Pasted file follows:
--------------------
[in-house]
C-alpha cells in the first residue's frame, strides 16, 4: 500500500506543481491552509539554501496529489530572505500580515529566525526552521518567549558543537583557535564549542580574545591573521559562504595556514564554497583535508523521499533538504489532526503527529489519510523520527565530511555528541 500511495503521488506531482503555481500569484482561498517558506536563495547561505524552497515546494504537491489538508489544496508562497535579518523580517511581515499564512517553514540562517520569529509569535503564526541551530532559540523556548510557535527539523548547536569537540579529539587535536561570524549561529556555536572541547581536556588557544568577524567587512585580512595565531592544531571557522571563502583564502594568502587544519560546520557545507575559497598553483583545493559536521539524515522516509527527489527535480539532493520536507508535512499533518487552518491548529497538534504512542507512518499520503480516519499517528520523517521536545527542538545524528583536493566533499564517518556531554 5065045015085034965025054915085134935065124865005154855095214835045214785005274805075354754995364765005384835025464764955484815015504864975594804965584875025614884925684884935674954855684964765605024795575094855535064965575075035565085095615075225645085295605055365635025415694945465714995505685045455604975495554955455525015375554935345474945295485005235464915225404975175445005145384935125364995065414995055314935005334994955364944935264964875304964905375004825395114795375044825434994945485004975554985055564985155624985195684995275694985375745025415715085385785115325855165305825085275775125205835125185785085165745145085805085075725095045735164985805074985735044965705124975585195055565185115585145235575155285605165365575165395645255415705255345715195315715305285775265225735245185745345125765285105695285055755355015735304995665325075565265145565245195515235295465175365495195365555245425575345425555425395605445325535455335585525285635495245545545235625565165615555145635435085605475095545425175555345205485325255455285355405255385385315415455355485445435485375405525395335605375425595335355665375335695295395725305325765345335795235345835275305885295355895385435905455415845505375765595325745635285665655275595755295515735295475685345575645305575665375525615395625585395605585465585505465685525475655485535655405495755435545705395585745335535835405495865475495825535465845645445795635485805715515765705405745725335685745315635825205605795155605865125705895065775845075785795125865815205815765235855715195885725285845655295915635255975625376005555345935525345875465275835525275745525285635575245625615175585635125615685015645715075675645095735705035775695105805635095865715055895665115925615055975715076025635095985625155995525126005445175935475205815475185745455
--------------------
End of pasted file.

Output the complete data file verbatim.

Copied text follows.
[in-house]
C-alpha cells in the first residue's frame, strides 16, 4: 500500500506543481491552509539554501496529489530572505500580515529566525526552521518567549558543537583557535564549542580574545591573521559562504595556514564554497583535508523521499533538504489532526503527529489519510523520527565530511555528541 500511495503521488506531482503555481500569484482561498517558506536563495547561505524552497515546494504537491489538508489544496508562497535579518523580517511581515499564512517553514540562517520569529509569535503564526541551530532559540523556548510557535527539523548547536569537540579529539587535536561570524549561529556555536572541547581536556588557544568577524567587512585580512595565531592544531571557522571563502583564502594568502587544519560546520557545507575559497598553483583545493559536521539524515522516509527527489527535480539532493520536507508535512499533518487552518491548529497538534504512542507512518499520503480516519499517528520523517521536545527542538545524528583536493566533499564517518556531554 5065045015085034965025054915085134935065124865005154855095214835045214785005274805075354754995364765005384835025464764955484815015504864975594804965584875025614884925684884935674954855684964765605024795575094855535064965575075035565085095615075225645085295605055365635025415694945465714995505685045455604975495554955455525015375554935345474945295485005235464915225404975175445005145384935125364995065414995055314935005334994955364944935264964875304964905375004825395114795375044825434994945485004975554985055564985155624985195684995275694985375745025415715085385785115325855165305825085275775125205835125185785085165745145085805085075725095045735164985805074985735044965705124975585195055565185115585145235575155285605165365575165395645255415705255345715195315715305285775265225735245185745345125765285105695285055755355015735304995665325075565265145565245195515235295465175365495195365555245425575345425555425395605445325535455335585525285635495245545545235625565165615555145635435085605475095545425175555345205485325255455285355405255385385315415455355485445435485375405525395335605375425595335355665375335695295395725305325765345335795235345835275305885295355895385435905455415845505375765595325745635285665655275595755295515735295475685345575645305575665375525615395625585395605585465585505465685525475655485535655405495755435545705395585745335535835405495865475495825535465845645445795635485805715515765705405745725335685745315635825205605795155605865125705895065775845075785795125865815205815765235855715195885725285845655295915635255975625376005555345935525345875465275835525275745525285635575245625615175585635125615685015645715075675645095735705035775695105805635095865715055895665115925615055975715076025635095985625155995525126005445175935475205815475185745455